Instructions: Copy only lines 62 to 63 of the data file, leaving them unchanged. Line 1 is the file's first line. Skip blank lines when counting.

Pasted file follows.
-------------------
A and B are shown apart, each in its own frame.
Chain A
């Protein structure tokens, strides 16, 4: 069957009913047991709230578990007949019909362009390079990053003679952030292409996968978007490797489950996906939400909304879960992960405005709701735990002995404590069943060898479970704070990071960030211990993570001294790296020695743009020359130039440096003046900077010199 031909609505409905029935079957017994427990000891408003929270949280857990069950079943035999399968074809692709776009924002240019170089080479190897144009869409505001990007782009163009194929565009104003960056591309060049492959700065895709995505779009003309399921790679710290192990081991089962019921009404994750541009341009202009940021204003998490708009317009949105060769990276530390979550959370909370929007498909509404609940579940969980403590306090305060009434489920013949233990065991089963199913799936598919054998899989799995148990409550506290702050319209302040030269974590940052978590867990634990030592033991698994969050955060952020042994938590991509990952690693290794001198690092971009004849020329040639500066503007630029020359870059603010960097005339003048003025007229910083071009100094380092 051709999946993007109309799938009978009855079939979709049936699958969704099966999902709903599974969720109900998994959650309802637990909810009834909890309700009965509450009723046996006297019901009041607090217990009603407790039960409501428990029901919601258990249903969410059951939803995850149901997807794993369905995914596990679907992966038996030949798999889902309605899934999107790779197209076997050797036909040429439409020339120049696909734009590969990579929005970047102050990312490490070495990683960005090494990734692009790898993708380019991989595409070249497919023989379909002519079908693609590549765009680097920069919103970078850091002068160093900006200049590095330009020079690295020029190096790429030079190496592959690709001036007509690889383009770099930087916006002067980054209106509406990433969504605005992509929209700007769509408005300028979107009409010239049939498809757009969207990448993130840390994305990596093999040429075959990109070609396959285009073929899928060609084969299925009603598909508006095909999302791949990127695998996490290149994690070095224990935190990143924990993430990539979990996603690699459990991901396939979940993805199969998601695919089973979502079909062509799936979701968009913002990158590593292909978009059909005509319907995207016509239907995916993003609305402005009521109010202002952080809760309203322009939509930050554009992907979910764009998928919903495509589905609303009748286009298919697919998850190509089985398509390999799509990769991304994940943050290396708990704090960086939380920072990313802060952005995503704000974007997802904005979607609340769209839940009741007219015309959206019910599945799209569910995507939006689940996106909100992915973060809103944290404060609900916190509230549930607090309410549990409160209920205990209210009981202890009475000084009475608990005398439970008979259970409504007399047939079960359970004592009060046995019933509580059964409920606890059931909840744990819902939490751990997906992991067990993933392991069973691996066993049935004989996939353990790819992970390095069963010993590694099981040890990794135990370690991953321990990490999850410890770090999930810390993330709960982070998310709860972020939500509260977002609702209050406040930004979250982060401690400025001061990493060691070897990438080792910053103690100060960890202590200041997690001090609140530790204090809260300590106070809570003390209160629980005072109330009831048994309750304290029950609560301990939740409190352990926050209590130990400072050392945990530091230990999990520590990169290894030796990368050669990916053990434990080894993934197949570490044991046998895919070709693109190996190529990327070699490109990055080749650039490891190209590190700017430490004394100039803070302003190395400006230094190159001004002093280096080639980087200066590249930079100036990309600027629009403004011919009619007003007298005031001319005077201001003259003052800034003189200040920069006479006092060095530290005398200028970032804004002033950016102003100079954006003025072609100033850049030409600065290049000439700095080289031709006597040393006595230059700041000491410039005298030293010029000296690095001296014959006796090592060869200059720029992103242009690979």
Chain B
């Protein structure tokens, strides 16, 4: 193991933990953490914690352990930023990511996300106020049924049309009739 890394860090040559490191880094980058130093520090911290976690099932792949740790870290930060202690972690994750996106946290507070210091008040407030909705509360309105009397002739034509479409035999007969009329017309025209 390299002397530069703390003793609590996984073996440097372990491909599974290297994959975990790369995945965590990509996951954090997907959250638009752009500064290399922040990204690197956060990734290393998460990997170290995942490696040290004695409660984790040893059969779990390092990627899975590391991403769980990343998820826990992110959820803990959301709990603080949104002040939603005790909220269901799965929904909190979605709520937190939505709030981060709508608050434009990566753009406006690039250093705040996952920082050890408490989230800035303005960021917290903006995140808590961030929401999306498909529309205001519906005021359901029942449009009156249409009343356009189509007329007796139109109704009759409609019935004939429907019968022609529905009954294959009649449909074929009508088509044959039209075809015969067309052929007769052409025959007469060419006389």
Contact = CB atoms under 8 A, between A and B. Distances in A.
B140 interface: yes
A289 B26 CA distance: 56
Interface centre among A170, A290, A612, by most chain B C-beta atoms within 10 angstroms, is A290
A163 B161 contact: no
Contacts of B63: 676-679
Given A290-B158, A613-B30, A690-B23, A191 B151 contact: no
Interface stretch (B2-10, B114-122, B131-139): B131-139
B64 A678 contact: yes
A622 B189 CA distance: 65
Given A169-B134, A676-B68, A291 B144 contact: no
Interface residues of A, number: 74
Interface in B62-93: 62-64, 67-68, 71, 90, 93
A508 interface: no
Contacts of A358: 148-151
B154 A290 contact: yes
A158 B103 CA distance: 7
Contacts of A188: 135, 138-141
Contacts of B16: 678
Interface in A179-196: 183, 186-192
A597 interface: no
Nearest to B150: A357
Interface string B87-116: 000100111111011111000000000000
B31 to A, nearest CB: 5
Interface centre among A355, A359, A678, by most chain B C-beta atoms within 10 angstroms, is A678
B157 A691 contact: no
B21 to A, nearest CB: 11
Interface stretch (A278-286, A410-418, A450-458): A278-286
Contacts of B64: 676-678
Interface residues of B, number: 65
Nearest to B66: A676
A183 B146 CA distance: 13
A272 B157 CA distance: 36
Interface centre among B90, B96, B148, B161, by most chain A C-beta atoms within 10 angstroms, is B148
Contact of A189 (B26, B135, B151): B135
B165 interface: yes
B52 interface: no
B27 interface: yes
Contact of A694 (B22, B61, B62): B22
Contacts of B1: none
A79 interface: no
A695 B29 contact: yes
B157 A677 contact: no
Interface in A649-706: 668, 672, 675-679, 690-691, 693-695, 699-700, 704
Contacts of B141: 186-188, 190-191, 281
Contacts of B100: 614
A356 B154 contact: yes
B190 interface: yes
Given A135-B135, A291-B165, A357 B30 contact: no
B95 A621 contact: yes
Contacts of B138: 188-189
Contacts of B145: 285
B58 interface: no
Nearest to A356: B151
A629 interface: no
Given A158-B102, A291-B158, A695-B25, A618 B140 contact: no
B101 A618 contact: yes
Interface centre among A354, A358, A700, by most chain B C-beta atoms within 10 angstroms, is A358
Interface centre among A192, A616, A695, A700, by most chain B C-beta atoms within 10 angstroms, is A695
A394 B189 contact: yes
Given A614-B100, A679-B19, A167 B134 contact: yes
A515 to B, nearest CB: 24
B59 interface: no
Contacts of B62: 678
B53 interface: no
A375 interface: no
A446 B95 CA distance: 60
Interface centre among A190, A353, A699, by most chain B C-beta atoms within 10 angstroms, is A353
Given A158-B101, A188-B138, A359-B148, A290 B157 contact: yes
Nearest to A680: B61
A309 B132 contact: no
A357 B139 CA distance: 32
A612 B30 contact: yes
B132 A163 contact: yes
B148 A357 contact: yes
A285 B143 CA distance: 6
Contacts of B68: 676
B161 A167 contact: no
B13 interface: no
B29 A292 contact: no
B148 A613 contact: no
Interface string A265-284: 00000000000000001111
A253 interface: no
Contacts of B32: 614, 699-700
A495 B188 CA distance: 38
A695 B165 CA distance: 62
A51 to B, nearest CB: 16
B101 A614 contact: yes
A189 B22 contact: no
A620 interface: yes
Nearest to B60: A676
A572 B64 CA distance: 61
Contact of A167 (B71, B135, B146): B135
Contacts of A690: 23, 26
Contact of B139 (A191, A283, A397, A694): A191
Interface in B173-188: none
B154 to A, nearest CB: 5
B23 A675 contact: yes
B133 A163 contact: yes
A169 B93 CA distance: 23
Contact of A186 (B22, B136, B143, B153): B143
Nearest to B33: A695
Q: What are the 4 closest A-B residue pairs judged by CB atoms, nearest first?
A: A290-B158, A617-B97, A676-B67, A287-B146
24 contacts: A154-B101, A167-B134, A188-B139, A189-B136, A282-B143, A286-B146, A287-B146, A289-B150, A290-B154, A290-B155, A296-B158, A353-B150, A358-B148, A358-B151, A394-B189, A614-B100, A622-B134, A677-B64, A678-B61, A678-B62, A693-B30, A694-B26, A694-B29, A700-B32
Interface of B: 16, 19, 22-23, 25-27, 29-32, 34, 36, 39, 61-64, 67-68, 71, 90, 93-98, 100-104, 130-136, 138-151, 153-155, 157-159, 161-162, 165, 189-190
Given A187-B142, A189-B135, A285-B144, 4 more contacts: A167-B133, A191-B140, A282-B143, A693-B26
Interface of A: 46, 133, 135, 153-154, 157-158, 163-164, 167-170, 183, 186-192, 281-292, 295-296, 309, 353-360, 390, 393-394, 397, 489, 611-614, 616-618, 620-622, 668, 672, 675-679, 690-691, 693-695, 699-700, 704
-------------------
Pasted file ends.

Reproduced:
B101 A618 contact: yes
Interface centre among A354, A358, A700, by most chain B C-beta atoms within 10 angstroms, is A358